Very clever in the way it observes spaces and its figures and time - the time of the film becomes the time of the viewer, making it his own time - therefore, a singular time. Yet, by repeating the Buddhist character without granting him the time that is determinant and his own, who had already obtained it in a previous movie, reduces the scope of the film in this irreconcilable contradiction.
A supreme achievement. Massive lines of light & color, overwhelming abstract spacial patterns within specific cultural spaces--here Tokyo--, the Walker metamorphosing into someone entirely new. Unexpectedly, Tsai's frame reveals a man of David-like beauty; then the longing commences. The Walker's spiritual center shifts & the film moves to a new register. This just might have the greatest train sequence in cinema.
A lovely sequel to the original Walker. It starts off very similar but then takes the story and the aesthetics to a new level. Great new short film by Tsai Ming-liang. More thoughts on my blog: http://goo.gl/hlGSeI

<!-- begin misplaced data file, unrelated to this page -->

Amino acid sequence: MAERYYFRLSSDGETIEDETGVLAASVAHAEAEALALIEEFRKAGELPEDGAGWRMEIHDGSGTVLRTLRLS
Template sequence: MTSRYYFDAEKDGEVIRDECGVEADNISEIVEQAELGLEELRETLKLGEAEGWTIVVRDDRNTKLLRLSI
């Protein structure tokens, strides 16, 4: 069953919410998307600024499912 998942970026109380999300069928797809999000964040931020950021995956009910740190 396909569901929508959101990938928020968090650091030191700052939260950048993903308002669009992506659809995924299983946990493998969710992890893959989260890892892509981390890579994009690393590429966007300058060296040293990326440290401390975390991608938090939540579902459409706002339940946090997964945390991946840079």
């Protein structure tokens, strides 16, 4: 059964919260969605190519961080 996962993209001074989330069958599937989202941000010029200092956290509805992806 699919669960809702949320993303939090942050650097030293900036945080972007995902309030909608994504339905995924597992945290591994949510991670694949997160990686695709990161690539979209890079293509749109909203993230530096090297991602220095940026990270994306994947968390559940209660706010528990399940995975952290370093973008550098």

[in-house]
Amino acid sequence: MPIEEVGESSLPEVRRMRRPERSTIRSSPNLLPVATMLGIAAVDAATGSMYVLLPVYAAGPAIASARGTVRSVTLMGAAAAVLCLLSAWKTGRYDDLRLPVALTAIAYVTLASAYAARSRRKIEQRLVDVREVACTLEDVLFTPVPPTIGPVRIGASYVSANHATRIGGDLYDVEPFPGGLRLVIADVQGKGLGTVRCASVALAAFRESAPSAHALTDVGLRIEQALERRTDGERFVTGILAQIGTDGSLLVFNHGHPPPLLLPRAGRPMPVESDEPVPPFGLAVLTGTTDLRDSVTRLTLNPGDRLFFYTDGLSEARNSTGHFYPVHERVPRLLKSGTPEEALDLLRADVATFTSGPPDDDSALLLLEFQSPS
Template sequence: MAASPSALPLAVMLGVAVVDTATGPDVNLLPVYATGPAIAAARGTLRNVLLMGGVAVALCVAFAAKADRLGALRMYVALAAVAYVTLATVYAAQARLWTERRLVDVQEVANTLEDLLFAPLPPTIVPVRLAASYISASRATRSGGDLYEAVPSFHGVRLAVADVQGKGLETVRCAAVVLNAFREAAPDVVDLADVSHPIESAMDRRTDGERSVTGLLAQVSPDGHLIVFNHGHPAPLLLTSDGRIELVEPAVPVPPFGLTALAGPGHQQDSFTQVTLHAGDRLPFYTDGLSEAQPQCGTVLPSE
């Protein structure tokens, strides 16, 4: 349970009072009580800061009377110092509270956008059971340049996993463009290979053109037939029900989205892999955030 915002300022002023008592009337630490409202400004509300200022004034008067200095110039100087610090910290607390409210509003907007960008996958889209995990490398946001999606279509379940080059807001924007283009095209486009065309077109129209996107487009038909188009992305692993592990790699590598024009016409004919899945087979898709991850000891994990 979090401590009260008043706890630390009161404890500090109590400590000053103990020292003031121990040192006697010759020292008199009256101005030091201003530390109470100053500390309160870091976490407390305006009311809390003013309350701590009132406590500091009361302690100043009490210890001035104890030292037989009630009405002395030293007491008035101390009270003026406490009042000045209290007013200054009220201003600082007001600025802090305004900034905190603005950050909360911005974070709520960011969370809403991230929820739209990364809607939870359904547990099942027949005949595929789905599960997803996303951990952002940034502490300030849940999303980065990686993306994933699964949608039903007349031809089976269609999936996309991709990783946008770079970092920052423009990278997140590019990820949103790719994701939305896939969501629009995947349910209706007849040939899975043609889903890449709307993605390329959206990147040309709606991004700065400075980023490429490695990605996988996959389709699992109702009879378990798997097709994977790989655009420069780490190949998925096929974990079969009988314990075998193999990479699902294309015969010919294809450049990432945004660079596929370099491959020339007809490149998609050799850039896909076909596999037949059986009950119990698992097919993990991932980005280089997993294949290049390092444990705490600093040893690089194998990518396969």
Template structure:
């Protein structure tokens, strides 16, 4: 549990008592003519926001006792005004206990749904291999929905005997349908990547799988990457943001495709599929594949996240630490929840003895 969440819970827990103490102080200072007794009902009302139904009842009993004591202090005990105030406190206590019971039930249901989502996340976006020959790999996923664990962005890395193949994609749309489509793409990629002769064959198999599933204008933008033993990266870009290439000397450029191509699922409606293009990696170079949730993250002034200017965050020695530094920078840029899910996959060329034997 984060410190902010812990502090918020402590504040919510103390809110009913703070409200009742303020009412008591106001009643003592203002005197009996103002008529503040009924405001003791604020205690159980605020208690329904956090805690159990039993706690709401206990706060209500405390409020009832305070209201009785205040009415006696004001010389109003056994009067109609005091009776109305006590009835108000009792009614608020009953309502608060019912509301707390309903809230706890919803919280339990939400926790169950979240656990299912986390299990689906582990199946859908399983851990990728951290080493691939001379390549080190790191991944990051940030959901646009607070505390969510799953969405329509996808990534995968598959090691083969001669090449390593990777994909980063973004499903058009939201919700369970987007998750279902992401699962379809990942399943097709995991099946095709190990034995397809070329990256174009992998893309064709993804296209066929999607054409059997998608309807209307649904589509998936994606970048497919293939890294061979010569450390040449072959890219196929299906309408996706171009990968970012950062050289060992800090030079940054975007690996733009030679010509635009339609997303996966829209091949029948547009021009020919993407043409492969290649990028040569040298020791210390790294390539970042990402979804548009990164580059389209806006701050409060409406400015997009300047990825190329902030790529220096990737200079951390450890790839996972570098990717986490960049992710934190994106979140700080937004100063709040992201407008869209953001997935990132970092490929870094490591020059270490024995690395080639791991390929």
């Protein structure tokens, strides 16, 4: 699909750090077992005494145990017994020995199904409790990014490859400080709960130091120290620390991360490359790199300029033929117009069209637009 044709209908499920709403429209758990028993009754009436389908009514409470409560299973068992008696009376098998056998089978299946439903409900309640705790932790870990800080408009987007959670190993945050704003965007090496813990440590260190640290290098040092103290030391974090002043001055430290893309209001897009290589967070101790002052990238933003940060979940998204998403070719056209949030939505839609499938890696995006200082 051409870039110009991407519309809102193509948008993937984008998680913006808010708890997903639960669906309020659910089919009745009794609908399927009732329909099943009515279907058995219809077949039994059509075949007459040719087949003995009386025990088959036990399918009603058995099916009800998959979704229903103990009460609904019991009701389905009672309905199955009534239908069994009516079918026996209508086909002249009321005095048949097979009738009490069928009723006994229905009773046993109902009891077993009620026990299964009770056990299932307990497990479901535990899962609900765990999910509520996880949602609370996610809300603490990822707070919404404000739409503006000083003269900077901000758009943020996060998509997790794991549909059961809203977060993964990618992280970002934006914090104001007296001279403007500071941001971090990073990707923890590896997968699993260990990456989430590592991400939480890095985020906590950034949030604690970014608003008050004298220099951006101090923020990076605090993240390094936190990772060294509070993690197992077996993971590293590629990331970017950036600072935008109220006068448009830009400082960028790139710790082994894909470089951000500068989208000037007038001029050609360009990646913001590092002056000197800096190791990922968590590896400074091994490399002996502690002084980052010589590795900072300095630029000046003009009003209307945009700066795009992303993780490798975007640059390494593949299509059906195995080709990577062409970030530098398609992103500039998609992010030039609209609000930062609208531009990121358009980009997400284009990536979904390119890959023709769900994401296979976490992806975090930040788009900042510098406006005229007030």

High exposure and high contrast lighting serve Liang's presentation of the dualities of tradition/modernity, body/soul, awake/asleep or its allegorical equivalent: ignorant/enlightened. He presents the realized distinction of gross human body and subtle buddha body by drawing asymmetrically.
85/100 - Excellent.
I love the contrasts in this instalment, the final scene a suggestive axiom: the virility and restlessness of youth transitioning into the quietude of age. Ming-Liang continues his sleepwalk towards enlightenment.